Gaming History 101

Know Your Roots

Review: The Punisher (NES)

with one comment

punisher_nes_boxConsole: NES
Released: 1990
Developer: Beam Software
Publisher: LJN
Difficulty: Moderate
Instruction Manual: Not Necessary – Link
Played as a child? Yes
Price: $5.88 (used)  $27.47 (complete) $130.00 (new)
Famicom Version? No, this was Nintendo only
Ports: Gameboy (differences, see below)
Digital Release? No

In probably one of the most doomed to fail ideas, I have to admit that in my childhood The Punisher was my first taste of what would later establish a love for light gun and first-person shooters alike.  Ironically, this title is neither.  It takes the crosshair light gun motif we first saw in Operation Wolf and adapts it into a third-person shooter (without light gun) that integrated upgrades and even brawler elements to an otherwise rote shooter title.  Released in 1990, and despite the common license and title that holds no similarity to other games, The Punisher was a licensed LJN game that proved you shouldn’t judge a book by its cover.  In short, I loved this flawed, aggressive shooter.

punisher_2Your task is to take down some of the biggest criminals the city has to offer, including longtime Punisher nemesis Jigsaw, in a series of levels.  Interestingly enough, you aren’t forced into linear progression; the game allows you to choose any of the three initial targets to go after.  As you take out each one, the remaining two targets become available levels until your final option, Kingpin, becomes the only level and boss.  With each target you are given two levels to conquer, each containing power-ups, ammo, and grenades to help build up your arsenal, and a final encounter with the target themself.  Unfortunately the power of choice, at least for me, is tarnished by the fact that doing the levels in their obvious order (from left to right) seems to be the only viable way to complete the game.  Along the way you will take out a massive army of the game’s three or four enemy types and eventually make your way to a boss.  The biggest hurdle is that if you run out of lives, it’s game over.  No continues, no second chances.  This isn’t really a deal breaker, it just establishes long bouts between attempts to finish the game.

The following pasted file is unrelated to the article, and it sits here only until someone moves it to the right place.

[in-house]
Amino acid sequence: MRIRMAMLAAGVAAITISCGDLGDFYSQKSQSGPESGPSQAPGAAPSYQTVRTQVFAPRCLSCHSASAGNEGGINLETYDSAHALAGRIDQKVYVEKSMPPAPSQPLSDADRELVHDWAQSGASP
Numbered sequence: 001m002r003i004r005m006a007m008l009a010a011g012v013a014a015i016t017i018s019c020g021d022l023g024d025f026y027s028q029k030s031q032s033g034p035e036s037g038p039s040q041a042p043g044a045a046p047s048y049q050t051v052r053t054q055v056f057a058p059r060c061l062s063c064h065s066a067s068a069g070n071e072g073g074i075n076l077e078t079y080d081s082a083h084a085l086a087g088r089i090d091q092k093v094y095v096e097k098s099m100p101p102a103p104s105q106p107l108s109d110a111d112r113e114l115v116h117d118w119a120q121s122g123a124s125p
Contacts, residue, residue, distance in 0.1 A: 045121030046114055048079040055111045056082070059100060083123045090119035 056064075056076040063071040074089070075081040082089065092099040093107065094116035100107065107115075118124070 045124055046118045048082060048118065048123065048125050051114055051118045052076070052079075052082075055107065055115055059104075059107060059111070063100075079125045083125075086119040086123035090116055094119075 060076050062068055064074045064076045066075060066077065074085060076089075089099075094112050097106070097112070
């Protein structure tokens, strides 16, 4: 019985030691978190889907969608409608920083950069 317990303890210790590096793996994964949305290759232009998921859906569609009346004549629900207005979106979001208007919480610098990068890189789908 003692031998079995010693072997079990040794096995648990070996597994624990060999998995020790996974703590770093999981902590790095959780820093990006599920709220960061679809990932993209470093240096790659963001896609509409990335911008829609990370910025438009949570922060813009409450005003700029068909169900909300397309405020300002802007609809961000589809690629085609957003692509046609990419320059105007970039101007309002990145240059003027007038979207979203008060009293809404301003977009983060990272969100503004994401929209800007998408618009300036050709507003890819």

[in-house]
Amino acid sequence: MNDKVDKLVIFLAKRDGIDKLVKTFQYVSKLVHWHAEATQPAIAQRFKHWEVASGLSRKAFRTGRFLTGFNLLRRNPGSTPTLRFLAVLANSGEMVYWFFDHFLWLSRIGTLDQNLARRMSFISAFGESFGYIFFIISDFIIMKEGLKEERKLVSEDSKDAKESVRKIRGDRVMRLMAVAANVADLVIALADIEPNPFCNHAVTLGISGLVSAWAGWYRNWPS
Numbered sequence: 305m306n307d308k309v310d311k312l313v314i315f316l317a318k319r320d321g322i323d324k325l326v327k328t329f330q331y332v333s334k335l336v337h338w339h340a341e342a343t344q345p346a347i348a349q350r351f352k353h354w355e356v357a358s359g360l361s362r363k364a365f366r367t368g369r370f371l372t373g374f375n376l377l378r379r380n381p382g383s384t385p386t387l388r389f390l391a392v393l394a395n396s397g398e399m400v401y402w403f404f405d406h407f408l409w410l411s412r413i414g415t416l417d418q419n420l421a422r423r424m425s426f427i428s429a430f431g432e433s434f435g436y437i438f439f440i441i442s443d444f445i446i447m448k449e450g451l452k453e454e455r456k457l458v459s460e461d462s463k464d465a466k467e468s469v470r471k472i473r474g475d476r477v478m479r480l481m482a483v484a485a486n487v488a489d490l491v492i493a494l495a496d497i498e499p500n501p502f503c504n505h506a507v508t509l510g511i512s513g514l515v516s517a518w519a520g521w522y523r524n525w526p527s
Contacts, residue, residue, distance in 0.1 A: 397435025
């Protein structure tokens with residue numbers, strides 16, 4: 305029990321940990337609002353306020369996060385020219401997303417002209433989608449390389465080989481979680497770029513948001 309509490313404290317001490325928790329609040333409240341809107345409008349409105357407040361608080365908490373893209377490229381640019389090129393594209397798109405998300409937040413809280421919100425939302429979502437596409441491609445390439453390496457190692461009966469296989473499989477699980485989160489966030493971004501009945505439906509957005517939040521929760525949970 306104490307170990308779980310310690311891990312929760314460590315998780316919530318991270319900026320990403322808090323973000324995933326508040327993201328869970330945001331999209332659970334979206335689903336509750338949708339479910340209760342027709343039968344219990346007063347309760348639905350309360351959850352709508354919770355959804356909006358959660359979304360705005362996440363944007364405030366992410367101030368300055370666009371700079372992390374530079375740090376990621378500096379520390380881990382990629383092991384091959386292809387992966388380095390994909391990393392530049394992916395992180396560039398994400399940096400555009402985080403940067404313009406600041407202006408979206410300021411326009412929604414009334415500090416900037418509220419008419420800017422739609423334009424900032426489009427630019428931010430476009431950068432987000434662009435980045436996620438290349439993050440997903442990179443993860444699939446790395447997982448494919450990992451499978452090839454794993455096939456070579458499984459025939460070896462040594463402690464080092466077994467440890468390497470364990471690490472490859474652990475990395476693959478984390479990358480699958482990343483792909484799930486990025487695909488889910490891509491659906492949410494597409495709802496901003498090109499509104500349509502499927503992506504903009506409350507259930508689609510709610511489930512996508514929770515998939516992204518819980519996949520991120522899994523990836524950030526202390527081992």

punisher_3I was quite impressed with the graphical prowess, the amount of enemies on screen, and the apparent depth of an NES game that premiered at the end of the console’s life.  Sure, the NES would hang on for several more years, but most of us graduated into the 16-bit generation the year following The Punisher‘s release.  You are tasked not only with the point-and-sho0t mentality but also the placement of your character on screen, an interesting addition to the traditional light gun format that I haven’t seen since.  There’s also the brawler element, key to completing two of the boss battles, that requires you to have more than crack shot skills.  Unfortunately the music is what takes the greatest hit.  All of the levels seem eerily quiet and the saxophone player that shows up in the most odd of times and location provides the only break from the action, but his song is neither interesting enough nor is there any incentive to keep him alive.  The last battle with Kingpin is also somewhat dis jarring – I promise that the first time you get to him you will lose, and die, and be livid with the nearly 90 minutes trek back to one single battle that stands in the way of completion.  Either way, I was impressed back then and I’m equally amused now to play what I consider a gem from the deep archives of Nintendo’s initial console.

Gameboy Version

Aside from my impressive nods to those that managed to reprogram this title to the dot matrix portable, The Punisher (now renamed with an Ultimate Payback sub-title) is just as good and addicting on the Gameboy.  An odd change swapped Jigsaw to the final boss, a more appropriate plot point from any Marvel fan’s perspective, but otherwise the game is entirely the same.

Written by Fred Rojas

April 14, 2013 at 3:45 pm

Posted in NES, Reviews, Videos

Tagged with , , ,

One Response

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  1. Fantastic game. Forgot about it for years! It’s a shame that it never got a digital release! I guess that’s what emulation is for.


    April 15, 2013 at 8:49 am

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